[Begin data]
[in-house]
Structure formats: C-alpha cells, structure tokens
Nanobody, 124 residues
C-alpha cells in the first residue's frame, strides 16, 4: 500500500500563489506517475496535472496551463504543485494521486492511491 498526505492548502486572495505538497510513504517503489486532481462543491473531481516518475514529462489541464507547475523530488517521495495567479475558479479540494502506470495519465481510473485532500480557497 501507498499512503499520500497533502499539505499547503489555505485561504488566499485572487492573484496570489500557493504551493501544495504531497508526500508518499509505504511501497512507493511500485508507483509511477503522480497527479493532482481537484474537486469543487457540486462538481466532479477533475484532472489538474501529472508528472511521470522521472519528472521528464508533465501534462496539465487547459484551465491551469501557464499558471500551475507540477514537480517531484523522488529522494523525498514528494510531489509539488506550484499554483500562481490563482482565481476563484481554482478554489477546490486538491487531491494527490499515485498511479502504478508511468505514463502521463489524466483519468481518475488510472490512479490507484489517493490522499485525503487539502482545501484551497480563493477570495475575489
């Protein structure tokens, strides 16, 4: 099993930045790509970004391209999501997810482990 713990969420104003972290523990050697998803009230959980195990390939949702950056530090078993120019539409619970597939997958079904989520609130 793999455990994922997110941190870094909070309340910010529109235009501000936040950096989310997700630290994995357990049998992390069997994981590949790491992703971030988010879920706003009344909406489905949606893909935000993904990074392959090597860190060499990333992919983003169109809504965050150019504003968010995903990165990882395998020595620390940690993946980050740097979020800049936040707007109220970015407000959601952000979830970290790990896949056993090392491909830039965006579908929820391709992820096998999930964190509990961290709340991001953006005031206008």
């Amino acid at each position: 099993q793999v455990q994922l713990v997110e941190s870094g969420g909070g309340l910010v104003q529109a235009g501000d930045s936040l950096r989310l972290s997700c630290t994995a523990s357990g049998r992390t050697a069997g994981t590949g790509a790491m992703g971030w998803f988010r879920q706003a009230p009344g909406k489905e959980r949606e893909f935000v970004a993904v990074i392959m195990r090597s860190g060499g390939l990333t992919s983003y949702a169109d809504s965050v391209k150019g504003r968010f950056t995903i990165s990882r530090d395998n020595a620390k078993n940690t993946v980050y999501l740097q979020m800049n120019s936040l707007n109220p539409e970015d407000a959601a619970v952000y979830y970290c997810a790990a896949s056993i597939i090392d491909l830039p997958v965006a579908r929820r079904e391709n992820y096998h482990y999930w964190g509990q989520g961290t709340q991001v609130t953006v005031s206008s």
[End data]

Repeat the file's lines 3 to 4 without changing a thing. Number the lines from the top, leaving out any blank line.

Nanobody, 124 residues
C-alpha cells in the first residue's frame, strides 16, 4: 500500500500563489506517475496535472496551463504543485494521486492511491 498526505492548502486572495505538497510513504517503489486532481462543491473531481516518475514529462489541464507547475523530488517521495495567479475558479479540494502506470495519465481510473485532500480557497 501507498499512503499520500497533502499539505499547503489555505485561504488566499485572487492573484496570489500557493504551493501544495504531497508526500508518499509505504511501497512507493511500485508507483509511477503522480497527479493532482481537484474537486469543487457540486462538481466532479477533475484532472489538474501529472508528472511521470522521472519528472521528464508533465501534462496539465487547459484551465491551469501557464499558471500551475507540477514537480517531484523522488529522494523525498514528494510531489509539488506550484499554483500562481490563482482565481476563484481554482478554489477546490486538491487531491494527490499515485498511479502504478508511468505514463502521463489524466483519468481518475488510472490512479490507484489517493490522499485525503487539502482545501484551497480563493477570495475575489